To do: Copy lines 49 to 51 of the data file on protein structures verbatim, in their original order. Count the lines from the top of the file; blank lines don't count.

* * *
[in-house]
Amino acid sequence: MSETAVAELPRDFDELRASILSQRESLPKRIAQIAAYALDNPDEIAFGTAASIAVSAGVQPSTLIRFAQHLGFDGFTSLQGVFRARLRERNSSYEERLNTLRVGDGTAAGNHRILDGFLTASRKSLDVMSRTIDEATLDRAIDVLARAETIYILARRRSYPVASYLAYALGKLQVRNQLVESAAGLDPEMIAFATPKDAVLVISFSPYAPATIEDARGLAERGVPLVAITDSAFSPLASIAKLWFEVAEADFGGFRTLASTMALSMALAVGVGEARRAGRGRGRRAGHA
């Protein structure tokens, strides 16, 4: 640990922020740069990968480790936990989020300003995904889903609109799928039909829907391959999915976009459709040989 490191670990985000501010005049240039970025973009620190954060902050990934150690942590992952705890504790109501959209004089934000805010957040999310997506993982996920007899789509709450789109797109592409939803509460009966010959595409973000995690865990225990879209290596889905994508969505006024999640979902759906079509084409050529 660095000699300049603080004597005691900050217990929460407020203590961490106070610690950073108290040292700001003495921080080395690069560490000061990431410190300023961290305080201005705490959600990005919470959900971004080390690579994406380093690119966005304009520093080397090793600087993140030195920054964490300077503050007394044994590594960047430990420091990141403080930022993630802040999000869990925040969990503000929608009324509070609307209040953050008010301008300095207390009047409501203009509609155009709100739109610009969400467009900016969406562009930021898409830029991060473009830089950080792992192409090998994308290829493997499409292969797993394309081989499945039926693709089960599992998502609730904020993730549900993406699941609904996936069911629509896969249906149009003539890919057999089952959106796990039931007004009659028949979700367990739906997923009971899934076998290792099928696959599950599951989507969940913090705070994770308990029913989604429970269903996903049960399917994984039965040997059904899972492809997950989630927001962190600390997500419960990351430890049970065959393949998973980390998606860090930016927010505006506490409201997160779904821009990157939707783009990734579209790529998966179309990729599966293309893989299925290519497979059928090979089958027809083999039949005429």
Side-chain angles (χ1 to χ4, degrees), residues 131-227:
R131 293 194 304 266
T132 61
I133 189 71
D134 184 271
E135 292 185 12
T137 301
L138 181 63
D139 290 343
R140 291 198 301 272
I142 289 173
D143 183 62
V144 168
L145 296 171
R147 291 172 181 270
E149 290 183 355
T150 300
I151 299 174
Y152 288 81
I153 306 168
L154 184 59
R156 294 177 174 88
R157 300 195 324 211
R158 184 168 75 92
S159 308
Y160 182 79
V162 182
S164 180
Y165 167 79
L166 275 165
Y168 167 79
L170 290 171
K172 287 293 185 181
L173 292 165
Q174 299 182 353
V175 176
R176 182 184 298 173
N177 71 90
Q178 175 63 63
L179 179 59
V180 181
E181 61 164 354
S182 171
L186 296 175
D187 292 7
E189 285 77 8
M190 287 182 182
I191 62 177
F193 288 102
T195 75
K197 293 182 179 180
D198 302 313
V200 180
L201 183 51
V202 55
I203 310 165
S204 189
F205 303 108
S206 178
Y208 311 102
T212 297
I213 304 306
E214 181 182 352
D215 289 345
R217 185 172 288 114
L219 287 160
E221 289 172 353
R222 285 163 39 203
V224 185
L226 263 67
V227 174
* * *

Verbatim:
E189 285 77 8
M190 287 182 182
I191 62 177